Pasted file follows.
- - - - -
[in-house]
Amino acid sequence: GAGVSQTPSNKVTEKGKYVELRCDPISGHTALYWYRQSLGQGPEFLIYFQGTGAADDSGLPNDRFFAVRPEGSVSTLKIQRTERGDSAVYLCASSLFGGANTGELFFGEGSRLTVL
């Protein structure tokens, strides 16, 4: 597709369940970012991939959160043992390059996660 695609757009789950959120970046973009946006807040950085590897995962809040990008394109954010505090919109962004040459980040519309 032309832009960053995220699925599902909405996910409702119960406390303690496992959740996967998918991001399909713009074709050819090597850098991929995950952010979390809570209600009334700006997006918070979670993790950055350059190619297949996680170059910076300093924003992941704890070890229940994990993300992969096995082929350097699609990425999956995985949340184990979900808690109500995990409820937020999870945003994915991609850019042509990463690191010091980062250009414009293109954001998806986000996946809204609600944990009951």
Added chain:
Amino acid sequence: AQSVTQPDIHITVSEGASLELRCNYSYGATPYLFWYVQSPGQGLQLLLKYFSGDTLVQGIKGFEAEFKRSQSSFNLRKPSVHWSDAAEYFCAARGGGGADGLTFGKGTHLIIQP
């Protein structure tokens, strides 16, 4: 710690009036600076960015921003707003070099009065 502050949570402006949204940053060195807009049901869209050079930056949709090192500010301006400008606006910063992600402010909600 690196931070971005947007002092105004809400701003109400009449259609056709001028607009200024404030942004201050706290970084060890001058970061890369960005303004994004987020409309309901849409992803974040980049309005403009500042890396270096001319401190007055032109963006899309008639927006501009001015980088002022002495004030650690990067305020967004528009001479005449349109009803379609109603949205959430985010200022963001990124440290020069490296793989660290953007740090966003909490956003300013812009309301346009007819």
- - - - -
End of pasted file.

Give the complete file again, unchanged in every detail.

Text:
[in-house]
Amino acid sequence: GAGVSQTPSNKVTEKGKYVELRCDPISGHTALYWYRQSLGQGPEFLIYFQGTGAADDSGLPNDRFFAVRPEGSVSTLKIQRTERGDSAVYLCASSLFGGANTGELFFGEGSRLTVL
């Protein structure tokens, strides 16, 4: 597709369940970012991939959160043992390059996660 695609757009789950959120970046973009946006807040950085590897995962809040990008394109954010505090919109962004040459980040519309 032309832009960053995220699925599902909405996910409702119960406390303690496992959740996967998918991001399909713009074709050819090597850098991929995950952010979390809570209600009334700006997006918070979670993790950055350059190619297949996680170059910076300093924003992941704890070890229940994990993300992969096995082929350097699609990425999956995985949340184990979900808690109500995990409820937020999870945003994915991609850019042509990463690191010091980062250009414009293109954001998806986000996946809204609600944990009951």
Added chain:
Amino acid sequence: AQSVTQPDIHITVSEGASLELRCNYSYGATPYLFWYVQSPGQGLQLLLKYFSGDTLVQGIKGFEAEFKRSQSSFNLRKPSVHWSDAAEYFCAARGGGGADGLTFGKGTHLIIQP
């Protein structure tokens, strides 16, 4: 710690009036600076960015921003707003070099009065 502050949570402006949204940053060195807009049901869209050079930056949709090192500010301006400008606006910063992600402010909600 690196931070971005947007002092105004809400701003109400009449259609056709001028607009200024404030942004201050706290970084060890001058970061890369960005303004994004987020409309309901849409992803974040980049309005403009500042890396270096001319401190007055032109963006899309008639927006501009001015980088002022002495004030650690990067305020967004528009001479005449349109009803379609109603949205959430985010200022963001990124440290020069490296793989660290953007740090966003909490956003300013812009309301346009007819």